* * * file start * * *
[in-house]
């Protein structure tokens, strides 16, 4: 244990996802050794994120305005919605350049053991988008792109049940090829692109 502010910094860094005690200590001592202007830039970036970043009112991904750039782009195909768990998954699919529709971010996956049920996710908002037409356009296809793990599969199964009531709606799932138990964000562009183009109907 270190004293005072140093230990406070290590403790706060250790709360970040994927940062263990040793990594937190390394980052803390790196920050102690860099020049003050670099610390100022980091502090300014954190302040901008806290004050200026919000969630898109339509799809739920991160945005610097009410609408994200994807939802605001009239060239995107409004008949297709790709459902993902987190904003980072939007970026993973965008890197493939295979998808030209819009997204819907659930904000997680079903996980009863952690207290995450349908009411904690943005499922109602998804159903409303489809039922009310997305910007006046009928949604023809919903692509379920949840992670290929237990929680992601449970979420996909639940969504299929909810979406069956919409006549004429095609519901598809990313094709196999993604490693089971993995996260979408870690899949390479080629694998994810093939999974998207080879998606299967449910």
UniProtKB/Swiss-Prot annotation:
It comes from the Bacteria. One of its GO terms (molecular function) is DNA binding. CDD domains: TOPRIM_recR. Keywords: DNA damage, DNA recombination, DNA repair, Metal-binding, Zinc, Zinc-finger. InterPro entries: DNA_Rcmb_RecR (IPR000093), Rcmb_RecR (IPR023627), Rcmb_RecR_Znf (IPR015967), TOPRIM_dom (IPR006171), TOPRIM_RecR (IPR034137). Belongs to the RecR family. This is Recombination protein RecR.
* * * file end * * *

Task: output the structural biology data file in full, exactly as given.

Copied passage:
[in-house]
């Protein structure tokens, strides 16, 4: 244990996802050794994120305005919605350049053991988008792109049940090829692109 502010910094860094005690200590001592202007830039970036970043009112991904750039782009195909768990998954699919529709971010996956049920996710908002037409356009296809793990599969199964009531709606799932138990964000562009183009109907 270190004293005072140093230990406070290590403790706060250790709360970040994927940062263990040793990594937190390394980052803390790196920050102690860099020049003050670099610390100022980091502090300014954190302040901008806290004050200026919000969630898109339509799809739920991160945005610097009410609408994200994807939802605001009239060239995107409004008949297709790709459902993902987190904003980072939007970026993973965008890197493939295979998808030209819009997204819907659930904000997680079903996980009863952690207290995450349908009411904690943005499922109602998804159903409303489809039922009310997305910007006046009928949604023809919903692509379920949840992670290929237990929680992601449970979420996909639940969504299929909810979406069956919409006549004429095609519901598809990313094709196999993604490693089971993995996260979408870690899949390479080629694998994810093939999974998207080879998606299967449910």
UniProtKB/Swiss-Prot annotation:
It comes from the Bacteria. One of its GO terms (molecular function) is DNA binding. CDD domains: TOPRIM_recR. Keywords: DNA damage, DNA recombination, DNA repair, Metal-binding, Zinc, Zinc-finger. InterPro entries: DNA_Rcmb_RecR (IPR000093), Rcmb_RecR (IPR023627), Rcmb_RecR_Znf (IPR015967), TOPRIM_dom (IPR006171), TOPRIM_RecR (IPR034137). Belongs to the RecR family. This is Recombination protein RecR.